This doesn't happen on consoles because the hardware inside a console is a known quantity and the shaders can be precompiled and shipped with the game. The different combinations of hardware inside a PC is impossible to predict, so shaders have to be compiled on demand.

Windows Settings

Changing the following Windows settings may help reduce stuttering and increase performance in some cases.

Set the Windows 11 graphics preferences for the app.

  1. Open Settings on Windows 11.
  2. Click on System.
  3. Click the Display page on the right side.
  4. Under the “Related settings” section, click the Graphics setting.
  5. Browse for Train Simulator and click on it.
  6. Then go to Option 
  7. Set as High performance mode and click Save

Disable Windows 11 game mode.

  1. Open Settings on Windows 11.
  2. Click on Gaming.
  3. Toggle Game Mode off.

Disable Windows 11 GPU scheduling

  1. Open Settings on Windows 11.
  2. Go to System > Display.
  3. Scroll down through the Display menu until you find Graphics (under Related settings), then click on it.
  4. Click on Change default graphics settings (under Default settings)
  5. Toggle Hardware-accelerated GPU scheduling off.

Gaming Laptops

Ensure that the AC adapter is plugged in

Some laptops may defer to an integrated graphics device (e.g. Intel Iris/UHD/Xe) designed for low power usage if running on battery. To ensure that your laptop is using the dedicated graphics card (Nvidia/AMD), you will need to plug in the AC adapter.

Configure your laptop to use the dedicated graphics card


  1. Ensure that you have the latest GPU drivers from Nvidia’s website.
  2. Right-click on the desktop and select NVIDIA Control Panel Then click Manage 3D Settings (on the left-hand side).
  3. From the drop-down menu; Select the preferred graphics processor and choose your Nvidia processor.
  4. Once you have selected your preference, click Apply.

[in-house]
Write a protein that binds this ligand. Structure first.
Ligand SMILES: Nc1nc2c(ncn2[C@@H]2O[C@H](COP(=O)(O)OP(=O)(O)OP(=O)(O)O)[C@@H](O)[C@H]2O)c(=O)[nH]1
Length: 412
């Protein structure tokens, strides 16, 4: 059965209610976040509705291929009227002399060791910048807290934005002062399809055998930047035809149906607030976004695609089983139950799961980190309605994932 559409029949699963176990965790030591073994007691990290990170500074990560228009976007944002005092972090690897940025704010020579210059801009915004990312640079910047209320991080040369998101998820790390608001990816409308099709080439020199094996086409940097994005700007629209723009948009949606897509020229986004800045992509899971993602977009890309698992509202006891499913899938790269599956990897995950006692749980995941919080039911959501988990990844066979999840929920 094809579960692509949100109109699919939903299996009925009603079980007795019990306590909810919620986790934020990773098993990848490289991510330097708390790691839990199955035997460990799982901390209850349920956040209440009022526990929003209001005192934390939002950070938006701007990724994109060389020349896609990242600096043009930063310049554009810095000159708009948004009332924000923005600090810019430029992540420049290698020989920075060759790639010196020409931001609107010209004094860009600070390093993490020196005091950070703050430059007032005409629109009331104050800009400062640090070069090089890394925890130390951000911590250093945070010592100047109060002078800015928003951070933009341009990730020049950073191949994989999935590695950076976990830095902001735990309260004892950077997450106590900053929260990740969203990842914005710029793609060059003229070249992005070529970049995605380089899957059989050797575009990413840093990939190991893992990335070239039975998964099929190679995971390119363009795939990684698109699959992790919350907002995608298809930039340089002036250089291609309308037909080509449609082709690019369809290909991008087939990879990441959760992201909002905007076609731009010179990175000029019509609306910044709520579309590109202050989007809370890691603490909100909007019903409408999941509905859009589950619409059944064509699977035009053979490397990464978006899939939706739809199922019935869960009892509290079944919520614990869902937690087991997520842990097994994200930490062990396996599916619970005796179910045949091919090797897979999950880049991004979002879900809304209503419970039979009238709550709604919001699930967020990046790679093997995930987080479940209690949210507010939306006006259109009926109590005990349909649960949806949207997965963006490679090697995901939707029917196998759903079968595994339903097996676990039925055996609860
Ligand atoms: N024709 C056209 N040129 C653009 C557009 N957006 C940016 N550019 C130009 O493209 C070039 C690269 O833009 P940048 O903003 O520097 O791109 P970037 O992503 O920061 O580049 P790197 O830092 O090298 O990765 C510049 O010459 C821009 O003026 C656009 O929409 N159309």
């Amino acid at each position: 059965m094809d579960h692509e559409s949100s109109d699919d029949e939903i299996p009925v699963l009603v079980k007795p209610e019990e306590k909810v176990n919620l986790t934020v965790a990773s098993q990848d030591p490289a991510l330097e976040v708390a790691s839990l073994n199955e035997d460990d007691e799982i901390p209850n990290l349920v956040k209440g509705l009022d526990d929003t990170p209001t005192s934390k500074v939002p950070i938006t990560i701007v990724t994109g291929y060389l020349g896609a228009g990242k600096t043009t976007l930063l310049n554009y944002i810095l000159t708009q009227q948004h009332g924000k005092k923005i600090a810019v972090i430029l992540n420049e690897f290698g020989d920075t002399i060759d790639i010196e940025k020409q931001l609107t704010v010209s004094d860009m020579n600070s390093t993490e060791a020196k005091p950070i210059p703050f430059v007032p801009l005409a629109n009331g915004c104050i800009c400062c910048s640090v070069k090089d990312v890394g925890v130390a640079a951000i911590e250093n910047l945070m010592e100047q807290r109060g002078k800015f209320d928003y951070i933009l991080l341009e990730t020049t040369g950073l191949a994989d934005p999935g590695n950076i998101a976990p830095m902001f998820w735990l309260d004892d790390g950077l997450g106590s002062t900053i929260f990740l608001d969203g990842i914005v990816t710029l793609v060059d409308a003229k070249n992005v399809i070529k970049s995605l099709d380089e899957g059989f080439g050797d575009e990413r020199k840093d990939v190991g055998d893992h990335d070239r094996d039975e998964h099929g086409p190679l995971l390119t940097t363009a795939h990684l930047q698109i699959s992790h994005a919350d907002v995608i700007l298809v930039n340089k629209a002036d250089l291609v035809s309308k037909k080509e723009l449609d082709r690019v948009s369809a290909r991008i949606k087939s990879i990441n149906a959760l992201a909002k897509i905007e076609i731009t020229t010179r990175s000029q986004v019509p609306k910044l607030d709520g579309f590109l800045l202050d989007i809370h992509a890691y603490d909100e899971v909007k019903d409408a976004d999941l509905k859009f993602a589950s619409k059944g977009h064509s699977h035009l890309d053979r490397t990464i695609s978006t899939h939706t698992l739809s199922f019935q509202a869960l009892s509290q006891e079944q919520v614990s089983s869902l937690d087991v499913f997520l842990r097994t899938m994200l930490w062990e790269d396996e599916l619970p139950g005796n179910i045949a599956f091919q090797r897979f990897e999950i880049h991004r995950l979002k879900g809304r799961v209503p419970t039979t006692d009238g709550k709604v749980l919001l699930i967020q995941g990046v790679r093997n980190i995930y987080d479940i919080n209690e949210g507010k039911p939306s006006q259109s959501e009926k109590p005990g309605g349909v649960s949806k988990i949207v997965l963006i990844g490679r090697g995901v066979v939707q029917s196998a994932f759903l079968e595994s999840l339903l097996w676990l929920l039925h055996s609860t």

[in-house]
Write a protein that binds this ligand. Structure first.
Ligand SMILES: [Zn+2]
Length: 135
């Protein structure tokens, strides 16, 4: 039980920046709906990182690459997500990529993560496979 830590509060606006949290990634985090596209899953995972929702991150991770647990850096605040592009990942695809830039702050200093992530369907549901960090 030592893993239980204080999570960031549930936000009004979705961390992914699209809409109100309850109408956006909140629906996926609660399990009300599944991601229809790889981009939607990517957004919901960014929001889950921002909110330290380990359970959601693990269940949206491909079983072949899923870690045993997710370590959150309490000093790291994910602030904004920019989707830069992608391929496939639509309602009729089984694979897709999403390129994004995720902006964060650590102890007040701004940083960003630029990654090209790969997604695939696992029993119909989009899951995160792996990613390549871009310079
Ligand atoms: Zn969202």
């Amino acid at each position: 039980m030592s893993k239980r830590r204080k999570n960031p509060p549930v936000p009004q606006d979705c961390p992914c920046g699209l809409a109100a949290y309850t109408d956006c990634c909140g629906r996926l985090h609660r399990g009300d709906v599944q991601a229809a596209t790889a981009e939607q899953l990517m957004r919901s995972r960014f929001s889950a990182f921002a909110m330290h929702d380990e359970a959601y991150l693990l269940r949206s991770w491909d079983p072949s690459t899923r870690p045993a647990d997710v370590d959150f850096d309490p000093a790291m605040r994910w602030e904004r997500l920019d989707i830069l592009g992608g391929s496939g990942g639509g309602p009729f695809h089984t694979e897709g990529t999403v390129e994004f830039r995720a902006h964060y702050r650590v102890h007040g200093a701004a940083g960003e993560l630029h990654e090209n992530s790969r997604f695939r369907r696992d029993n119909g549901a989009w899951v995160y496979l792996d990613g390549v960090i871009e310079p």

• AMD graphics cards will follow the Windows settings.

Check the power plan

Windows will have several power plants to choose from, but if you intend on using the laptop for gaming, you will need to select the High Performance profile. You can find these profiles by opening the Start menu and typing "power plan". Additionally, many laptops will come with bespoke software to handle thermal and performance management (e.g ASUS Armoury Crate). Performance/Turbo profiles would be recommended for gaming, but Max/Turbo profile may also increase heat output.

Background Applications

Background applications can use up system resources and cause stuttering and even crashes if your system runs out of memory (RAM) while playing a game. However, they are not only a concern for players with a low amount of RAM, as background applications can often use the CPU as well. 

For example, your antivirus software may be using a significant amount of CPU to complete a scan. Therefore, you want to make sure you don't have anything unnecessary running in the background while gaming. This can be done by simply closing applications before you start a game (web browsers are one of the worst offenders for RAM usage). However, you can also minimise the amount of applications that start when your PC turns on.